School Travel Survey

A School Travel Survey is a questionnaire sent home to parents and families asking them about their transportation activities and concerns.

Note: this Toolkit deals with electronic/online surveys only – to understand why and/or for more information on paper surveys, skip to the Additional Considerations section below.

Surveys are a useful way of gathering information from a large number of people.

A School Travel Survey can help you learn how your school community travels, why they make the choices they do, and what would encourage families who drive to shift towards more active modes.

It is also an opportunity for community members to share their concerns or ideas on how trips to school could be made more active, fun and safe.

Finally, running a School Travel Survey allows you to connect with members of your school community who are interested in helping encourage more active trips to school.
The more people answer a survey, the more useful its data will be.

Work with your school’s administration to ensure that as many parents as possible receive and respond to your transportation survey: they will likely have the most comprehensive and effective means of contacting parents electronically.

Your school's Parent Advisory Council will likely have its own communication channels, such as an email list and social media feeds, through which to alert or remind parents about the survey.

Step 1: Decide what you want to know

Once you have your school’s administration on board (see the WHO section above), decide what survey questions you want to ask. The online survey template provided has a set of standard questions drawn from the School Travel Planning toolkit that are designed to gather information such as:

  • how families at your school travel,
  • under what conditions they would walk or cycle,
  • what safety concerns they have, and
  • who is interested in helping to encourage walking and cycling.
Click on the link provided in the Additional Considerations section to access the online survey template. You’ll be prompted to make your own copy of the survey, and will need a Google or Gmail account to do so. Once you’ve created your own copy, you can make any changes or additions to it you like.

Step 2: Distribute and collect your surveys

The more people answer a survey, the more useful its data will be. To ensure your survey garners as many responses as possible:

  • send it out alone, rather than as a link in a newsletter or part of a larger package;
  • supplement your paper survey or email with other prompts, such as posts on your PAC Facebook page, blog posts on your school’s website, email reminders or mentions in newsletters, etc.;
  • provide a deadline of one week for responses to encourage parents to respond immediately rather than setting it aside for later – you can always extend the deadline if your response rate is low; and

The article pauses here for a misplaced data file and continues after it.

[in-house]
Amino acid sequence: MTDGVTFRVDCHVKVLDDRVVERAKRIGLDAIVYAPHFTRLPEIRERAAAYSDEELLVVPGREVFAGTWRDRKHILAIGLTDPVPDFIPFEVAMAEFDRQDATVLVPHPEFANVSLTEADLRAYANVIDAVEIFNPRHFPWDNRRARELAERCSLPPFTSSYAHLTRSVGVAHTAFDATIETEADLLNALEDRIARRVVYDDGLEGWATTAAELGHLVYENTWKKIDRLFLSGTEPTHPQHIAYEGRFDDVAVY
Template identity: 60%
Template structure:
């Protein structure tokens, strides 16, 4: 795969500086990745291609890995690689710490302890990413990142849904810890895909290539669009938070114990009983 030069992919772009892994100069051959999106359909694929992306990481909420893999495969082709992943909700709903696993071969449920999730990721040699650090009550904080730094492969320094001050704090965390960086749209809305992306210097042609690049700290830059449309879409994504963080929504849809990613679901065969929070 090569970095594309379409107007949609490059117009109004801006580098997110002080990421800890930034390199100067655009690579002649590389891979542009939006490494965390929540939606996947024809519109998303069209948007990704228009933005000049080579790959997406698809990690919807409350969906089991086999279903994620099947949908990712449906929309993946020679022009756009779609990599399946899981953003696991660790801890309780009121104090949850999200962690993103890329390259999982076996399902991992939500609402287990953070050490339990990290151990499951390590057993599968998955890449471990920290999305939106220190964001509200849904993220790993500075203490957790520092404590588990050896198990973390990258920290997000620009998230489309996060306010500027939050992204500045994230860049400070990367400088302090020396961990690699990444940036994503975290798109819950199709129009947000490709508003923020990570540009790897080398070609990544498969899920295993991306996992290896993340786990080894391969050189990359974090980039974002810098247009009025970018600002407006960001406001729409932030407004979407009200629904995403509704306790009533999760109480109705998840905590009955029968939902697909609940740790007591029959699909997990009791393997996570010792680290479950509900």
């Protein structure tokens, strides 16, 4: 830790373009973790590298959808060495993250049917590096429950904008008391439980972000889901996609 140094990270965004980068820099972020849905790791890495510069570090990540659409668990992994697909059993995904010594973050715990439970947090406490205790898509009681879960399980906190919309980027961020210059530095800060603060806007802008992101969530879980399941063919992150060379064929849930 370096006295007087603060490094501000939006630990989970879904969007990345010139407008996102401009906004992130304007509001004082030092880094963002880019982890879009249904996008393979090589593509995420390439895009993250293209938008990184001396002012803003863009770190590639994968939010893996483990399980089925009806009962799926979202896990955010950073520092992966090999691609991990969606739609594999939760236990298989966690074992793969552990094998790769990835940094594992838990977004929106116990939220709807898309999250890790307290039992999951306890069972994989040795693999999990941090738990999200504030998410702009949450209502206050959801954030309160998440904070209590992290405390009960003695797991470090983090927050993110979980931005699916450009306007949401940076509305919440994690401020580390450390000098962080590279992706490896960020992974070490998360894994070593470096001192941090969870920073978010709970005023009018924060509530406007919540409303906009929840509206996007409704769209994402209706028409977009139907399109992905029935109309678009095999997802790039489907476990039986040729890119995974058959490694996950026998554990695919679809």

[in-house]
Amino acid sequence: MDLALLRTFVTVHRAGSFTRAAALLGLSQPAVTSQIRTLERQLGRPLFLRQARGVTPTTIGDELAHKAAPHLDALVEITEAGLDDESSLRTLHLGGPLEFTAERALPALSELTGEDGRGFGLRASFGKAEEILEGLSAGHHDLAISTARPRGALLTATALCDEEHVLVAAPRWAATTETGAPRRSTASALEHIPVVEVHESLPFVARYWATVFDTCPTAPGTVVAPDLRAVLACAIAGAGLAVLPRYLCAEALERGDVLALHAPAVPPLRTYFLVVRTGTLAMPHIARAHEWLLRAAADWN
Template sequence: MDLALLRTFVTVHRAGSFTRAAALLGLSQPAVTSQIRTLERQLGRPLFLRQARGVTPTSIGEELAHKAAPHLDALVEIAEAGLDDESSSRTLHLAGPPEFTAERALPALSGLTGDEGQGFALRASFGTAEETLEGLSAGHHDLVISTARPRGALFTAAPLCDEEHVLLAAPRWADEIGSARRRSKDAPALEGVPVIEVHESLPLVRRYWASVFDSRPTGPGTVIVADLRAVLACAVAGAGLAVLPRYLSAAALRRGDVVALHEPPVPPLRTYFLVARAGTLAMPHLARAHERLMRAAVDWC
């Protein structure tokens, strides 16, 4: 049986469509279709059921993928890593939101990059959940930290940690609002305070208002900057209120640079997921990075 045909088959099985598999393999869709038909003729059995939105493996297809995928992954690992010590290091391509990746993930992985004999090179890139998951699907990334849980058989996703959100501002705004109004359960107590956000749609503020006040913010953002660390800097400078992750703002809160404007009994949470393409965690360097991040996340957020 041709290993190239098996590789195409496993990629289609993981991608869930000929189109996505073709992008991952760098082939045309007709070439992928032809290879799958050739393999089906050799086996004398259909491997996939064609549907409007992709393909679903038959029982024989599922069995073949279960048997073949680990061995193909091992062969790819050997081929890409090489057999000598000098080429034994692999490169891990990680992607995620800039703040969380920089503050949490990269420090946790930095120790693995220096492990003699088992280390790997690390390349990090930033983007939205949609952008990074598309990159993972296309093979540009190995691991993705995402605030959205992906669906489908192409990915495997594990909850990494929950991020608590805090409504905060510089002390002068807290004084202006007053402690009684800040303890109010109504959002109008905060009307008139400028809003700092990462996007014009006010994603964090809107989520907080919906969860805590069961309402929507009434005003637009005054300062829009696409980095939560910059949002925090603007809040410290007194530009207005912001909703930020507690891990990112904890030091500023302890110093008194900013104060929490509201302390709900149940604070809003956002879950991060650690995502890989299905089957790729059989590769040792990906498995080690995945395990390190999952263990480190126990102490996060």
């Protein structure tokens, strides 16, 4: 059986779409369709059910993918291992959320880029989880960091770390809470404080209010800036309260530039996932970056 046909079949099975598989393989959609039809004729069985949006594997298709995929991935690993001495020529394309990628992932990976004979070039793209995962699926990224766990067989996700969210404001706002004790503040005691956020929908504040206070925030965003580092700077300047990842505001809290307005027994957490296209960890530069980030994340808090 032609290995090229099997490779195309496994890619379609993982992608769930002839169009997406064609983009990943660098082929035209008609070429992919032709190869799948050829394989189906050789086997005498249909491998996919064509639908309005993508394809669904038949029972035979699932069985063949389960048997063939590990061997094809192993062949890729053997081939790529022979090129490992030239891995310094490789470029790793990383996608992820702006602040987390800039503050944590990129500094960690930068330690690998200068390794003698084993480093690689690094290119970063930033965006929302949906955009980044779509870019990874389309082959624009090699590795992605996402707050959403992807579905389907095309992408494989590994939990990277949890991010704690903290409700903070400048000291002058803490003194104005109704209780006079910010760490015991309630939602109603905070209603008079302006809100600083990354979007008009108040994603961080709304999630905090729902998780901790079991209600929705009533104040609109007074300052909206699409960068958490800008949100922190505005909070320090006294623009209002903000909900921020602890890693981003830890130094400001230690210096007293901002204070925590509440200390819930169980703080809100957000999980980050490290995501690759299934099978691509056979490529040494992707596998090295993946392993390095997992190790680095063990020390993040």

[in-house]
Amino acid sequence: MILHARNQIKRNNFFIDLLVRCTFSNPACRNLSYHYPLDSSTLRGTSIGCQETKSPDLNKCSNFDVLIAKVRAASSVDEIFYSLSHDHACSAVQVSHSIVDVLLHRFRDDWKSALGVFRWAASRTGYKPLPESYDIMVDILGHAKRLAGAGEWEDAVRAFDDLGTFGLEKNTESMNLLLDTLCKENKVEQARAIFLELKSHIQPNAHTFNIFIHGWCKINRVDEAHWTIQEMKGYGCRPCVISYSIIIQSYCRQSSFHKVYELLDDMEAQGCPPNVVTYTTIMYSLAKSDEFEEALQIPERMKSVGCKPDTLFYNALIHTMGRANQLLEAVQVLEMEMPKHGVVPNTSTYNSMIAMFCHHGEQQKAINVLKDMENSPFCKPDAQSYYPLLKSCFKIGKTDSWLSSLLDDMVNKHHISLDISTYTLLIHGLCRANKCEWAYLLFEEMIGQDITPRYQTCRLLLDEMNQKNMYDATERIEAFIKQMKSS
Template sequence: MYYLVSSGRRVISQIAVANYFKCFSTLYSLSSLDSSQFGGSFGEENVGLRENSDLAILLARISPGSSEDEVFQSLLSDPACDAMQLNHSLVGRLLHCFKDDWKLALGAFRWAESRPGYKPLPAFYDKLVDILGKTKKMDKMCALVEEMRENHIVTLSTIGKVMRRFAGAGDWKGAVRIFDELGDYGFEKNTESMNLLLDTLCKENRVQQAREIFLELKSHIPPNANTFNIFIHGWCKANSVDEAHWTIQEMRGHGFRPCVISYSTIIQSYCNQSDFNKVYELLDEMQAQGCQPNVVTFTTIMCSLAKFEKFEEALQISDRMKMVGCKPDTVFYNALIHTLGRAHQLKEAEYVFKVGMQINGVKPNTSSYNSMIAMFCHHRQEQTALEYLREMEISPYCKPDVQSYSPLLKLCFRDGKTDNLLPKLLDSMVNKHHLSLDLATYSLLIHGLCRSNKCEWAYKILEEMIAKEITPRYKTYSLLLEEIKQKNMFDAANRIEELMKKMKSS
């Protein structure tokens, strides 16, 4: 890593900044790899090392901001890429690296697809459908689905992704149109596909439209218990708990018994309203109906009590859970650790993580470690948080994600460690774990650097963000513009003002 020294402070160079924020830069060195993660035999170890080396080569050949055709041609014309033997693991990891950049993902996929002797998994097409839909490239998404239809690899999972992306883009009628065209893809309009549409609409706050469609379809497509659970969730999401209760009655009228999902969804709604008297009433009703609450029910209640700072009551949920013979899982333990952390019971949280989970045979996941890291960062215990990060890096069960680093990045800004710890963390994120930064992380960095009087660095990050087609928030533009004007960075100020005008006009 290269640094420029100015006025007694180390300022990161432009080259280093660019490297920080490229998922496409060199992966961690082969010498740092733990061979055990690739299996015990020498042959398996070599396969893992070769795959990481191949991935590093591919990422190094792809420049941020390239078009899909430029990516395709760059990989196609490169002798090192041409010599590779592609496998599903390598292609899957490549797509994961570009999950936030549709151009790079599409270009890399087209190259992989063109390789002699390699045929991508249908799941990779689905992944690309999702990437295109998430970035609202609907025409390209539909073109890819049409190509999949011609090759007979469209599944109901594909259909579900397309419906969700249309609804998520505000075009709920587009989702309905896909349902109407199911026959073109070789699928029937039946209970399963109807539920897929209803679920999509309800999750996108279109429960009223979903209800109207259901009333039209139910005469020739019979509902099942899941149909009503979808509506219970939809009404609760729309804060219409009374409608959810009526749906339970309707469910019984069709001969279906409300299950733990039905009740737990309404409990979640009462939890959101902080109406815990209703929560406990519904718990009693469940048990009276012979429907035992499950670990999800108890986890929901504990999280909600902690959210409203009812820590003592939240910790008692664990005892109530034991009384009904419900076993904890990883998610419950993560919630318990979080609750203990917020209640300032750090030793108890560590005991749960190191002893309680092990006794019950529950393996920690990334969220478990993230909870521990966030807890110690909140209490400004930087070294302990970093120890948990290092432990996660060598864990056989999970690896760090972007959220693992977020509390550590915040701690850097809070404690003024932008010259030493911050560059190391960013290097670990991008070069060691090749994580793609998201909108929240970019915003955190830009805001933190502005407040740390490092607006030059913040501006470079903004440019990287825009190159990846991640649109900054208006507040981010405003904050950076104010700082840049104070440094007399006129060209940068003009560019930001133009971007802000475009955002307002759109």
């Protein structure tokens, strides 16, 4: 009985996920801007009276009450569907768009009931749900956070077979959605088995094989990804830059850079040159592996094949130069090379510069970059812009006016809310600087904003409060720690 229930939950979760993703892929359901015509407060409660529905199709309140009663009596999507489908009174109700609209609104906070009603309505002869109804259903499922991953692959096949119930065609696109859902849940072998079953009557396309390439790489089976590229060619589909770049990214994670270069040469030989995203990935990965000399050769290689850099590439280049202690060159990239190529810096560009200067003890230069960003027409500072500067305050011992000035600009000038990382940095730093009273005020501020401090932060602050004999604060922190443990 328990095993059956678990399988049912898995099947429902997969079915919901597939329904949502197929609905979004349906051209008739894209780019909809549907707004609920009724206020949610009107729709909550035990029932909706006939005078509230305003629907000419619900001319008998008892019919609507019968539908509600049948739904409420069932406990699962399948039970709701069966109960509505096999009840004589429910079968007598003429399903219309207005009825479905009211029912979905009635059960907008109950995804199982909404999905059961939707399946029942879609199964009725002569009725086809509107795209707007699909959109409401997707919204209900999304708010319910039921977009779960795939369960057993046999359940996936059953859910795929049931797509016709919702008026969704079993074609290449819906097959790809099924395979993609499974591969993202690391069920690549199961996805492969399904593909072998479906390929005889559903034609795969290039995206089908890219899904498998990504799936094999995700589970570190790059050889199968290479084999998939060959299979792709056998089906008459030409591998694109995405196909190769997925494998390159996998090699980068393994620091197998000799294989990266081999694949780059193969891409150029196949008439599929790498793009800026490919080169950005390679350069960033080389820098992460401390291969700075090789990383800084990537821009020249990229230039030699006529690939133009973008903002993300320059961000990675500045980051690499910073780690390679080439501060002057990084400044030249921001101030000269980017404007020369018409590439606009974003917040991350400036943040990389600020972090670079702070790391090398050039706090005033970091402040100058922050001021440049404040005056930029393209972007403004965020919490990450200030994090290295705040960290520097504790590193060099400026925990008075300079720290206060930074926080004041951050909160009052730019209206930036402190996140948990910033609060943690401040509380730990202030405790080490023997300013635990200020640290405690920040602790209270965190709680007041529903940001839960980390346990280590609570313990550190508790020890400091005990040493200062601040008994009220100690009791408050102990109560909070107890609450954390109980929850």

• track your returns and send out a reminder after a few days if they seem low.

Step 3: Review your data

The online survey provided in the Additional Considerations will automatically sort and present your survey data. Hopefully, the information you’ve gathered will give you a clear understanding of how your school community travels, the challenges and barriers its families face, and who is interested in helping you encourage more active trips to school. Have a look at the results, and share them with other members of your school community through PAC meetings, in newsletters, etc.
You can send out the survey any time - but be aware that travel behaviour may change throughout the year: a survey administered in the spring or fall will likely find higher rates of walking and cycling than one sent home in the middle of the winter.


A template School Travel Survey can be accessed through the link below. Once you click on the link, you’ll be prompted to make your own copy of the survey, and will need a Google or Gmail account to do so. The copy you make is yours – you can make any additions or changes to it you like, and share it with or send it to whomever you please.


Online vs. Paper Surveys

While paper surveys often receive more responses than online surveys, this toolkit deals with online surveys only, as they are far easier to administer. For more information and assistance with paper surveys, check out the School Travel Planning toolkit:

Youth Engagement

Talk to your school’s math teachers to see if they would be interested in having their students work with the survey data you gather: they may be able to graph or interpret the results, and present their findings to the rest of the school community.

Sustainability / Scaling Up

By making a copy of your original survey and adding a few tweaks, you can run your School Travel Survey in future years to determine whether your efforts to encourage more walking and cycling are having an impact on how families at your school travel, or whether conditions for or perceptions about active travel have changed.

Barriers you may Encounter

Privacy can be a concern when it comes to collecting information from survey families at school. You can avoid this issue by ensuring that your survey does not ask for or collect personal information such as names or addresses.
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